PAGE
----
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What is a DBS Disclosure and when do we need them?

Coronavirus update

Subject to the ongoing situation, it's essential that we continue recruiting safely. Therefore, interviews and communication will be virtual wherever possible and this will be communicated to you directly by the hiring manager.

Please also expect that advert closing dates and interview dates may change as required. We still continue to welcome applications for our current roles and wish you the best of luck with your application.

We would welcome applications especially for our most critical roles to ensure we're supporting our residents

Since March 2002, the Criminal Records Bureau (renamed as the Disclosure and Barring Service in December 2012), has enabled employers to check the criminal records of employees and potential employees, in order to ascertain whether or not they are suitable to work with vulnerable adults and children. For individuals working in certain positions, a valid DBS disclosure is a legislative requirement.

The Disclosure and Barring Service also manage lists of individuals who are barred from working with children and adults. New safeguarding regulations introduced in October 2009 place an obligation on employers, social services and professional regulators to notify the DBS of relevant information. This obligation ensures that individuals who pose a threat to vulnerable groups can be barred from working with them. It also makes it a criminal offence for barred individuals to apply to work with these groups and for employers to knowingly employ them.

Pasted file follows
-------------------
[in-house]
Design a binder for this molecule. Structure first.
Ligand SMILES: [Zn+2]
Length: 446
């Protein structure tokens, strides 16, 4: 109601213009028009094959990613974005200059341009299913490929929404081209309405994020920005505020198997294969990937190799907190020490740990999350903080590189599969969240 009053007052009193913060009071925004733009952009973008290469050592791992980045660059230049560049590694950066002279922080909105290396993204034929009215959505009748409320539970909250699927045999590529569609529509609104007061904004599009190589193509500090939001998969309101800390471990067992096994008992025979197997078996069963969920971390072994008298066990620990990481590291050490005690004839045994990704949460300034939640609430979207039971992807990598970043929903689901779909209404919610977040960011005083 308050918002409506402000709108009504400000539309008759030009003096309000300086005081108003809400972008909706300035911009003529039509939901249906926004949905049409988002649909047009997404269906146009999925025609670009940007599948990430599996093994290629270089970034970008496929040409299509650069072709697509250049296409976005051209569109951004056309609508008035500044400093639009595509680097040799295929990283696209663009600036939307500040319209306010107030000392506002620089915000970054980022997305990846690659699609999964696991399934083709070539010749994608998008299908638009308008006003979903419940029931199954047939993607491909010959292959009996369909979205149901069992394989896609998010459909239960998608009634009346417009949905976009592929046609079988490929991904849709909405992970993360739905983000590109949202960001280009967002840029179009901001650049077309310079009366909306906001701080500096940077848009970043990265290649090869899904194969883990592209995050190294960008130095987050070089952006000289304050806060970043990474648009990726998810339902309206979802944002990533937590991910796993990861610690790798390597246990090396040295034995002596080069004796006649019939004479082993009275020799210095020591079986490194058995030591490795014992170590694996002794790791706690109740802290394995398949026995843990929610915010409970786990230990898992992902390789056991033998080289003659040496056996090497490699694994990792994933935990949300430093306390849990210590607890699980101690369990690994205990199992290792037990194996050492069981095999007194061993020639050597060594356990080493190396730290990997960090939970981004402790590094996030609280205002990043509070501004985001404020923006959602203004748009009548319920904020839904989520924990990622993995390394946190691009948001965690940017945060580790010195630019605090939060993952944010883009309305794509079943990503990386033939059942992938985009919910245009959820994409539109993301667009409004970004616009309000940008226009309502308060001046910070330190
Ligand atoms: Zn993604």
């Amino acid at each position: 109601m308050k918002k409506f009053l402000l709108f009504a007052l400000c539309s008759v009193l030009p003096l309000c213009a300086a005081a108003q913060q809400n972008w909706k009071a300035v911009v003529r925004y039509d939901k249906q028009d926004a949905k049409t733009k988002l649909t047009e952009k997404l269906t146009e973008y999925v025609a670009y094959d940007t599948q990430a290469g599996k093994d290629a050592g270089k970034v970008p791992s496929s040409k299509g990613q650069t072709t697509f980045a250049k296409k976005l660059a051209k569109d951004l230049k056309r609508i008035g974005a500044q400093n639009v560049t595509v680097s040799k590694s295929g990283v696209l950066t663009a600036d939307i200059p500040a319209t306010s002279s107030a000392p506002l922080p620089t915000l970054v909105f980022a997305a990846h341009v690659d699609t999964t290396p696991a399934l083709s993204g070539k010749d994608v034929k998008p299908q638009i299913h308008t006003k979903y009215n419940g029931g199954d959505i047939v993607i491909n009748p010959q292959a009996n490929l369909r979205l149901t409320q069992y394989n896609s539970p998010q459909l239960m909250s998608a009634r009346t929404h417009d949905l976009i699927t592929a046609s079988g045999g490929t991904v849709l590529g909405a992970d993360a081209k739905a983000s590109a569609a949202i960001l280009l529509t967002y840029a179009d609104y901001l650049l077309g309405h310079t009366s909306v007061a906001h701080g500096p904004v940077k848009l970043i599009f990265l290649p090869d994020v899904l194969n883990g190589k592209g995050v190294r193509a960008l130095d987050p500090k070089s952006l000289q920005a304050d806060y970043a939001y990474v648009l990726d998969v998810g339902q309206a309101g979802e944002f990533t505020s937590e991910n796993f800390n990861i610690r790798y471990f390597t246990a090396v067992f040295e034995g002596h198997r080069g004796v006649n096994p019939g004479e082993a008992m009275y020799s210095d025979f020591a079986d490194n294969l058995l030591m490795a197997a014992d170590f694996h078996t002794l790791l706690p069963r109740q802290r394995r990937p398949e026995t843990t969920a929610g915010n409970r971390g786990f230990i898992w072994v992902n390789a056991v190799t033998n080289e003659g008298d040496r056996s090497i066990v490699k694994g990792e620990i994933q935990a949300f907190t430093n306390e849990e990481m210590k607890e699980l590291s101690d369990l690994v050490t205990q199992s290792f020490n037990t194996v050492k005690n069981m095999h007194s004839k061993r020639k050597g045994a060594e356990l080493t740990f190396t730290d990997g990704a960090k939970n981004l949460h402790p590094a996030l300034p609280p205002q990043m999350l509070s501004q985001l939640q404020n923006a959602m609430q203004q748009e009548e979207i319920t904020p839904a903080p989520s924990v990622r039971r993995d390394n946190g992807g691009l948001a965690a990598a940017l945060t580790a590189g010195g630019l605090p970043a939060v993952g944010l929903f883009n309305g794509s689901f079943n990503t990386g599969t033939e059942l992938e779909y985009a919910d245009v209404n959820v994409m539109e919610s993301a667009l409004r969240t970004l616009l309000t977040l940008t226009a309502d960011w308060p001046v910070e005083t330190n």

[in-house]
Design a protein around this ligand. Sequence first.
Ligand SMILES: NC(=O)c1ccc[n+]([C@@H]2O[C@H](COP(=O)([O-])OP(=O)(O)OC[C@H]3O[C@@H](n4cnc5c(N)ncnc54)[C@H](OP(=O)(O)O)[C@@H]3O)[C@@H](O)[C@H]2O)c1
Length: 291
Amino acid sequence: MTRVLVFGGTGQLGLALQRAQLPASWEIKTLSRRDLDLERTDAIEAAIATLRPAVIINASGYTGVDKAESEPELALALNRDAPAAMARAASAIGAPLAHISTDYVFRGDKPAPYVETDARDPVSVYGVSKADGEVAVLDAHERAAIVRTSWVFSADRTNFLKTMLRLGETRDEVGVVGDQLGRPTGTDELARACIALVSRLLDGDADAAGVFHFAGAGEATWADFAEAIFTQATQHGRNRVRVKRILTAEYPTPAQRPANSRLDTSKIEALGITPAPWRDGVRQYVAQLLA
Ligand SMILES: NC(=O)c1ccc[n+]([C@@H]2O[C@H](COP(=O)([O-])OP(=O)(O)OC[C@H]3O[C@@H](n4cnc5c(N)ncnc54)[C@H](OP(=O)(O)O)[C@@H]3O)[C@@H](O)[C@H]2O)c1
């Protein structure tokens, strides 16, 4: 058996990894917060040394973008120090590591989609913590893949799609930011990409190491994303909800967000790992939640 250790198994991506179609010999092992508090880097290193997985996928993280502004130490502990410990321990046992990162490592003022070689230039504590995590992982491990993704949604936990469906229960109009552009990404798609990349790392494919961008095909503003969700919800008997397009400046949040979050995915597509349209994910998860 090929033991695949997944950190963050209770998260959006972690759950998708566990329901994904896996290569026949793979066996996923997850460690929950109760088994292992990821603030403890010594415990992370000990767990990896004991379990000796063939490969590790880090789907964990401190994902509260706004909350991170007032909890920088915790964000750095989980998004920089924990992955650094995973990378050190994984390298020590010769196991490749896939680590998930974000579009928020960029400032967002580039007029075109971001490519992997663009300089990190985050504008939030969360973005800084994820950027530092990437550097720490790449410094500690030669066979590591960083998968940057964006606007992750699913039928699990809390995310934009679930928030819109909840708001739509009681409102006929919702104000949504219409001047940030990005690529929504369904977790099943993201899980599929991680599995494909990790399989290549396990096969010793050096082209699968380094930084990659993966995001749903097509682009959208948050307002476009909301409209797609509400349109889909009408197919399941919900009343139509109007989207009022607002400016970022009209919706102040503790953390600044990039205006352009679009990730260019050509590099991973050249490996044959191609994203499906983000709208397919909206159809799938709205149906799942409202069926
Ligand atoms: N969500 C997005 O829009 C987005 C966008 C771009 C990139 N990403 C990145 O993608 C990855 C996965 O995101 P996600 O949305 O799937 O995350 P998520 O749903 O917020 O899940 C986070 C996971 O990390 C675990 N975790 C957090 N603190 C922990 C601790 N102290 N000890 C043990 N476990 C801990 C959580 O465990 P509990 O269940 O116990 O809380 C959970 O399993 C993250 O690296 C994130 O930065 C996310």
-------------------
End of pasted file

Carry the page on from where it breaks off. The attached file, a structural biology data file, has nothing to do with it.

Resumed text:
The requirements for DBS Disclosures and the different levels vary from organisation to organisation, depending on the sector and the employees' individual job role.

More information on DBS Disclosures and who is required to be checked can be found on the Disclosure and Barring Service website.

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